A file which tells a DNS server which IP address maps to which domain and how to handle incoming DNS requests.
Some types of DNS record are:
- A record
- CNAME record
- MX record
- MX record
A computer which contains DNS records.
DNS servers are usually provided by your ISP.
You can also switch your DNS provider to a service like OpenDNS which provides extra security and filtering of web addresses.
The time when your website is unavailable. This could be caused by an error with a web server.
Minimising downtime is particularly important for ecommerce sites.
Moving host brings about the risk of downtime.
You can monitor downtime for a website using a service like Uptime Robot.
A web interface on a hosting control panel which allows access to website files.
Files can be uploaded, downloaded or modified using the file manager.
The level of access for different types of users represented numerically.
For WordPress, the following permissions are recommended:
Files: 644 or 640
Folders: 755 or 750
wp-config.php: 444 or 440
A permission level of 777 allows anyone access to the file or folder. This is a security risk.
Permissions can be changed using an FTP client.
To CHMOD 755 means to change permissions of a file or folder to 755.
File Transfer Protocol. A means of transferring files to and from a web server from a local computer.
An FTP client is a program which is built for FTP file transfers.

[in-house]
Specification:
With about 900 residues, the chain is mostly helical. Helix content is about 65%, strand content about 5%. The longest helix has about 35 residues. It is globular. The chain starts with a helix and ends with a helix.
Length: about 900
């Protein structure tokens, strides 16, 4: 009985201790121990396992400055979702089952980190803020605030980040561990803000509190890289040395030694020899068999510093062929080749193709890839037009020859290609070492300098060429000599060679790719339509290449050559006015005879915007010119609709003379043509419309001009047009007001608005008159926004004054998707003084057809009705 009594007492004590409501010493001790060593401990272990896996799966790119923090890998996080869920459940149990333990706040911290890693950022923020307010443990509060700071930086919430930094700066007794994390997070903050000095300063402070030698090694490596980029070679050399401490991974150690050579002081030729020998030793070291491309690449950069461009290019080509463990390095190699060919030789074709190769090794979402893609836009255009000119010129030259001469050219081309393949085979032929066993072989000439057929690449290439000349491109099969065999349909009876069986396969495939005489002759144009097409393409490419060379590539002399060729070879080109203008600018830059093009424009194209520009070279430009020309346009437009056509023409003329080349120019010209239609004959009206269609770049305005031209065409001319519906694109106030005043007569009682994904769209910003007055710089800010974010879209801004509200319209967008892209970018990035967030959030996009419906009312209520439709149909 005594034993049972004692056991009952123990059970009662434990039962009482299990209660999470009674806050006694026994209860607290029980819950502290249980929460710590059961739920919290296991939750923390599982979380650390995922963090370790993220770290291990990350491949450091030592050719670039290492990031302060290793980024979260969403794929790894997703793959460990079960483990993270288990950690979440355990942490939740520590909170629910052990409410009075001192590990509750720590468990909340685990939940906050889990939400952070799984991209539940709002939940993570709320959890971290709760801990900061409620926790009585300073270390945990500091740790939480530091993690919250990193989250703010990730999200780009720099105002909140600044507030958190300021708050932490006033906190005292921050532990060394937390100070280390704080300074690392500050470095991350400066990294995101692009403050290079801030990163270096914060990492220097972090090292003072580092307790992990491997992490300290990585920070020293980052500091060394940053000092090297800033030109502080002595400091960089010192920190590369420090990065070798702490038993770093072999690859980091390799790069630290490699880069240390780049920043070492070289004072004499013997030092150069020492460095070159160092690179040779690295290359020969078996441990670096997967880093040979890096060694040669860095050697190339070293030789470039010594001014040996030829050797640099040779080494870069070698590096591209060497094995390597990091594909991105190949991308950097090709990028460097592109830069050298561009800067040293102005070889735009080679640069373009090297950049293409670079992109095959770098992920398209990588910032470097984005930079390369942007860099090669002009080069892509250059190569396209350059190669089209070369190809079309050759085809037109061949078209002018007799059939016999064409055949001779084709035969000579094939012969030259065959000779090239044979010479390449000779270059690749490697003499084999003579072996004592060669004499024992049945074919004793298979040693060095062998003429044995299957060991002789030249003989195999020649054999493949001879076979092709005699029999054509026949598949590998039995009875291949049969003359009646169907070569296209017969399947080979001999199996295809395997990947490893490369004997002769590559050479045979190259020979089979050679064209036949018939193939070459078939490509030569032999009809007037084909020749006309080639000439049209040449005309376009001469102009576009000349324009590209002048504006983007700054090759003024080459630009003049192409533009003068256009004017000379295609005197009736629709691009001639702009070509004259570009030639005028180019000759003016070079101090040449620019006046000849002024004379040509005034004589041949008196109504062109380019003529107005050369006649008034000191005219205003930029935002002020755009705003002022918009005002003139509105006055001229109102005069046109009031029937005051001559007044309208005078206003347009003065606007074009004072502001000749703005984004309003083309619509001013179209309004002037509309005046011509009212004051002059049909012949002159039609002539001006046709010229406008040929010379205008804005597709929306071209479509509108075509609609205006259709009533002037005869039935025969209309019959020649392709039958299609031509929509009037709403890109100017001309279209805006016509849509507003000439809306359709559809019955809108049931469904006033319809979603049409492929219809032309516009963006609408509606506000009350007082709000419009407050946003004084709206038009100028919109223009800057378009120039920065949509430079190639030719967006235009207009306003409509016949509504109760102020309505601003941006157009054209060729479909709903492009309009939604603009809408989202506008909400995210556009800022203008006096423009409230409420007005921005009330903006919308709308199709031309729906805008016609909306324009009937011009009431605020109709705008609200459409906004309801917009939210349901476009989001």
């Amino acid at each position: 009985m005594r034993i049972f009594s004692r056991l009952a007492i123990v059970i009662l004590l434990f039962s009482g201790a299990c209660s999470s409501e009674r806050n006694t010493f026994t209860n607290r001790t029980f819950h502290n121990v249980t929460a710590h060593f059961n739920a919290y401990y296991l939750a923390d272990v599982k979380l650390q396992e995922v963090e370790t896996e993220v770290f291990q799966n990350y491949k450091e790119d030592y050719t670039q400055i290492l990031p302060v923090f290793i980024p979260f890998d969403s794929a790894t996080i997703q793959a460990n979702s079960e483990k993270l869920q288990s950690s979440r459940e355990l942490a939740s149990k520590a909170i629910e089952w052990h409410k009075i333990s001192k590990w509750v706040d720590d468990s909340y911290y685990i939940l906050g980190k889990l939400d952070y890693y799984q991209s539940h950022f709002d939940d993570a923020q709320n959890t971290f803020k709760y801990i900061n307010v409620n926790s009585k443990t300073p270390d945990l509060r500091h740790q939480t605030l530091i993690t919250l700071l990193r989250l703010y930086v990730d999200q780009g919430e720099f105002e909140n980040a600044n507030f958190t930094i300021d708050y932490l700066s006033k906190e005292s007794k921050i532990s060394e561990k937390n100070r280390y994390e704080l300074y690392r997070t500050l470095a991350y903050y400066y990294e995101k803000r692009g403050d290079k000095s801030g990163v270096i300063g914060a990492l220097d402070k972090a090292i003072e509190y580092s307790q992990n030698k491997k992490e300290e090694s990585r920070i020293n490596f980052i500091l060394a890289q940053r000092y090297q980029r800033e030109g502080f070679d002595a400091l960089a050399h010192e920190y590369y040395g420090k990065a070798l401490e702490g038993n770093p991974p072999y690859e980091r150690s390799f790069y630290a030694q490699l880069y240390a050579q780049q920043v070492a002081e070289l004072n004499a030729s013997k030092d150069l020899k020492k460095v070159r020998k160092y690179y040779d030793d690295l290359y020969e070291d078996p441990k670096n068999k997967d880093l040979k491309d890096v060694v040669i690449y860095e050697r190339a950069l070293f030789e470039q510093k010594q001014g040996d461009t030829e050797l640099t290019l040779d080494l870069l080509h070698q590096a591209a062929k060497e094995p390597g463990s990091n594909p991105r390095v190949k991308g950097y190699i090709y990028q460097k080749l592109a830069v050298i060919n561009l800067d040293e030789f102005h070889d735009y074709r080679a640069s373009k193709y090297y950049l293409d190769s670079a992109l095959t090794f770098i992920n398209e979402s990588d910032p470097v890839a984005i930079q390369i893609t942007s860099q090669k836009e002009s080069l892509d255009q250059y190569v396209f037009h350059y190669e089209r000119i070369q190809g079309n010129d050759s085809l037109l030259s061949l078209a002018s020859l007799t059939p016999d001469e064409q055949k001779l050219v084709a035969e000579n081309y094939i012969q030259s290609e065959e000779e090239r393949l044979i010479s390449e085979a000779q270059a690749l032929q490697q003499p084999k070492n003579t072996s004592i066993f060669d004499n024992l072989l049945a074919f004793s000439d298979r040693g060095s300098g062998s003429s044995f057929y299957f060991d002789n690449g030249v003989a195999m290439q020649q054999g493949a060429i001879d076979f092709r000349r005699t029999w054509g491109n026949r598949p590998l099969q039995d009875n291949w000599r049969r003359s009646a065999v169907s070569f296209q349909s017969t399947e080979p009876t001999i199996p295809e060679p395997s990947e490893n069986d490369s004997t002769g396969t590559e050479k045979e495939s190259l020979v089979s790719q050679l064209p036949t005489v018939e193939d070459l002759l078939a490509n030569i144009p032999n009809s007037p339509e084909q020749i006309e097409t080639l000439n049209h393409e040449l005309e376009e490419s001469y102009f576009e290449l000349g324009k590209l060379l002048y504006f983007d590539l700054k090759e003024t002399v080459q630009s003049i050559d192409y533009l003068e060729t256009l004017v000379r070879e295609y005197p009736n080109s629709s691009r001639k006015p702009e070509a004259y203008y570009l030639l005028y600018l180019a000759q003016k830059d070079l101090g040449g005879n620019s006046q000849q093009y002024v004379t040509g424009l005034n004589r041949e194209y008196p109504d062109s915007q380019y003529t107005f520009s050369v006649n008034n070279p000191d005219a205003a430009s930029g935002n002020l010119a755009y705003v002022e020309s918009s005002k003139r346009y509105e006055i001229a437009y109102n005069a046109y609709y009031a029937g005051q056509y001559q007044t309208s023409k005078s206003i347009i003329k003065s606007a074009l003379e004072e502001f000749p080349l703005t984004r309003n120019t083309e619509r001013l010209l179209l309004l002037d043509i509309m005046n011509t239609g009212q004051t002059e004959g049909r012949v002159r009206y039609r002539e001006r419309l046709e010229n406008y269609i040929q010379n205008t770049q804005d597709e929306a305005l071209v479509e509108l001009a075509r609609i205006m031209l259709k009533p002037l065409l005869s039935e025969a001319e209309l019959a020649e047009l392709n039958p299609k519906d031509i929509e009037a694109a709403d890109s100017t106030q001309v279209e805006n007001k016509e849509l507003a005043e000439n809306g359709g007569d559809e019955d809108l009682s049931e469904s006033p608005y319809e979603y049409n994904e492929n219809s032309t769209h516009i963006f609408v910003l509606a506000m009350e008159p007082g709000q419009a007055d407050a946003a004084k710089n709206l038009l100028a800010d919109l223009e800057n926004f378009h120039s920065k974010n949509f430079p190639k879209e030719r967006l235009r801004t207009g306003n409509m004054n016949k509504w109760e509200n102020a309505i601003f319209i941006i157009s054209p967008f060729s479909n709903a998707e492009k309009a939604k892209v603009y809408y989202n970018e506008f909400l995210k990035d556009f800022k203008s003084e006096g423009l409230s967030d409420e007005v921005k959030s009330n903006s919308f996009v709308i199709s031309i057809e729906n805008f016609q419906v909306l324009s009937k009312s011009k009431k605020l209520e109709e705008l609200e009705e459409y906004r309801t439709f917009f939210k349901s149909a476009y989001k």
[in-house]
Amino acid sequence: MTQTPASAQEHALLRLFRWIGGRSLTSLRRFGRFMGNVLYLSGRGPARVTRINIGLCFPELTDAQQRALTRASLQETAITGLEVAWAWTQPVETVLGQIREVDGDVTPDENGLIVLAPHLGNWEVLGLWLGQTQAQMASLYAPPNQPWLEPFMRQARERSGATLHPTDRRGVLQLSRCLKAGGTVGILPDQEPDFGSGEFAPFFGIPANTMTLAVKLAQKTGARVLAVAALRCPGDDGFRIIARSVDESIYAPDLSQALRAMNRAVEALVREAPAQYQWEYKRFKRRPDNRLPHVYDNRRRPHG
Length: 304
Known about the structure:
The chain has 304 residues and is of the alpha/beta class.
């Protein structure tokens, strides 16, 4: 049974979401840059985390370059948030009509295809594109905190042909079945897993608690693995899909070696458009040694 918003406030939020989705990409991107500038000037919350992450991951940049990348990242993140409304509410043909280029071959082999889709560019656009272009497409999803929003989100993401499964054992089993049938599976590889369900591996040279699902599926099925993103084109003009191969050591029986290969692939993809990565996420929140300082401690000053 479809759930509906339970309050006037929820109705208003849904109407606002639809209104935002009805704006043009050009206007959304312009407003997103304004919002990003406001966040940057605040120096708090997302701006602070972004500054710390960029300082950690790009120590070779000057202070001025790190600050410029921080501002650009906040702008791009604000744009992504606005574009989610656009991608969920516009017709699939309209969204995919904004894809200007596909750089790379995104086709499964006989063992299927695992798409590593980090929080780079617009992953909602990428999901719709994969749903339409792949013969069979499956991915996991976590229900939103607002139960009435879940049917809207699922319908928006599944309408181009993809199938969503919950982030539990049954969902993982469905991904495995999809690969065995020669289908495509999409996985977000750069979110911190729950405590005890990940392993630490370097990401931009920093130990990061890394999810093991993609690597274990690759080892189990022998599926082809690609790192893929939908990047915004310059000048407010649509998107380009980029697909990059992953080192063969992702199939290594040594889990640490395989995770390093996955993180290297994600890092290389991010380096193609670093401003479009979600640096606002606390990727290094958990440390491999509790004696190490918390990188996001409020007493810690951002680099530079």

To connect to a web server, the following information is required:
Protocol FTP or SFTP (Secure FTP).
ftp.yourdomain.com, but it varies
Username: supplied by your host or set by you if you create an FTP user
Password: supplied by your host or set by you if you create an FTP user
Port: usually 21, but check with your host
A hosting plan – or hosting package – is a level of service provided by a web host.
A plan will specify things like:
- The amount of storage you get for your website
- The number of different websites you can install
- How many email addresses, databases or FTP accounts you can use
- What type of support you get and its availability
A special file on your computer that is used to link domain names to IP addresses. It’s usually a hidden system file.
The HOSTS file on your computer overrides DNS entries elsewhere.
You may be asked to modify a HOSTS file after moving your website from one host to another. This is to check that everything on your website works on your new host before the move is completed.